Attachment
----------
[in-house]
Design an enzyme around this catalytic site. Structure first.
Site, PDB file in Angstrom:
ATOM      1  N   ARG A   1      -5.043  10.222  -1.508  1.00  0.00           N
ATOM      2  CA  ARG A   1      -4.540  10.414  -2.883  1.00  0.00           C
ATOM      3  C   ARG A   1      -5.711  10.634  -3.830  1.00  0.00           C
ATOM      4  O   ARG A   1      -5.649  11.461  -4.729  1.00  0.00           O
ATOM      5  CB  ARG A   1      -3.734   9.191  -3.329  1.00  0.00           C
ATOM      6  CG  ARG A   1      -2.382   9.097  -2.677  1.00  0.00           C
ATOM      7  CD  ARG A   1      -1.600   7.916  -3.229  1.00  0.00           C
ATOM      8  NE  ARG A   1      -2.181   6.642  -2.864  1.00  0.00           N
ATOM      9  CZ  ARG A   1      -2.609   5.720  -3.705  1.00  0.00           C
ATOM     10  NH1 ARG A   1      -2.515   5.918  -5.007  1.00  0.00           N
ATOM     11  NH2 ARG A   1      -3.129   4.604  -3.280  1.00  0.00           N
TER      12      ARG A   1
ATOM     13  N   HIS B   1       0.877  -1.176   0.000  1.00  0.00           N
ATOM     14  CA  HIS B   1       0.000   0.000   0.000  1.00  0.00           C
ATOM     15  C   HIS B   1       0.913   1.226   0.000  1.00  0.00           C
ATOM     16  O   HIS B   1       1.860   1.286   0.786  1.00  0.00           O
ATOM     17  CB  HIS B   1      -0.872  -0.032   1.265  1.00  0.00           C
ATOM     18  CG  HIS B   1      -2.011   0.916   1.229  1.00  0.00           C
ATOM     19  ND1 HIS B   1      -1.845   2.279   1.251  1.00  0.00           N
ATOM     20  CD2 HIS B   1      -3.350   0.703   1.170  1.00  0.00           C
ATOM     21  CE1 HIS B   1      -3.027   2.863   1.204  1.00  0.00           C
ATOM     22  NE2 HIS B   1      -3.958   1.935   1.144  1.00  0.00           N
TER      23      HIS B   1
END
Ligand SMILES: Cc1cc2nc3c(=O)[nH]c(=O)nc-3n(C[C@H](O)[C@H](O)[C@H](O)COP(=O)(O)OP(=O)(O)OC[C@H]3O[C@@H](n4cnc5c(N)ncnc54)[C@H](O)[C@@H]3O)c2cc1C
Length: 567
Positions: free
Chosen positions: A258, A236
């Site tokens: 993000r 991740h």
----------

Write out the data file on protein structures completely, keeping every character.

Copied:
[in-house]
Design an enzyme around this catalytic site. Structure first.
Site, PDB file in Angstrom:
ATOM      1  N   ARG A   1      -5.043  10.222  -1.508  1.00  0.00           N
ATOM      2  CA  ARG A   1      -4.540  10.414  -2.883  1.00  0.00           C
ATOM      3  C   ARG A   1      -5.711  10.634  -3.830  1.00  0.00           C
ATOM      4  O   ARG A   1      -5.649  11.461  -4.729  1.00  0.00           O
ATOM      5  CB  ARG A   1      -3.734   9.191  -3.329  1.00  0.00           C
ATOM      6  CG  ARG A   1      -2.382   9.097  -2.677  1.00  0.00           C
ATOM      7  CD  ARG A   1      -1.600   7.916  -3.229  1.00  0.00           C
ATOM      8  NE  ARG A   1      -2.181   6.642  -2.864  1.00  0.00           N
ATOM      9  CZ  ARG A   1      -2.609   5.720  -3.705  1.00  0.00           C
ATOM     10  NH1 ARG A   1      -2.515   5.918  -5.007  1.00  0.00           N
ATOM     11  NH2 ARG A   1      -3.129   4.604  -3.280  1.00  0.00           N
TER      12      ARG A   1
ATOM     13  N   HIS B   1       0.877  -1.176   0.000  1.00  0.00           N
ATOM     14  CA  HIS B   1       0.000   0.000   0.000  1.00  0.00           C
ATOM     15  C   HIS B   1       0.913   1.226   0.000  1.00  0.00           C
ATOM     16  O   HIS B   1       1.860   1.286   0.786  1.00  0.00           O
ATOM     17  CB  HIS B   1      -0.872  -0.032   1.265  1.00  0.00           C
ATOM     18  CG  HIS B   1      -2.011   0.916   1.229  1.00  0.00           C
ATOM     19  ND1 HIS B   1      -1.845   2.279   1.251  1.00  0.00           N
ATOM     20  CD2 HIS B   1      -3.350   0.703   1.170  1.00  0.00           C
ATOM     21  CE1 HIS B   1      -3.027   2.863   1.204  1.00  0.00           C
ATOM     22  NE2 HIS B   1      -3.958   1.935   1.144  1.00  0.00           N
TER      23      HIS B   1
END
Ligand SMILES: Cc1cc2nc3c(=O)[nH]c(=O)nc-3n(C[C@H](O)[C@H](O)[C@H](O)COP(=O)(O)OP(=O)(O)OC[C@H]3O[C@@H](n4cnc5c(N)ncnc54)[C@H](O)[C@@H]3O)c2cc1C
Length: 567
Positions: free
Chosen positions: A258, A236
């Site tokens: 993000r 991740h």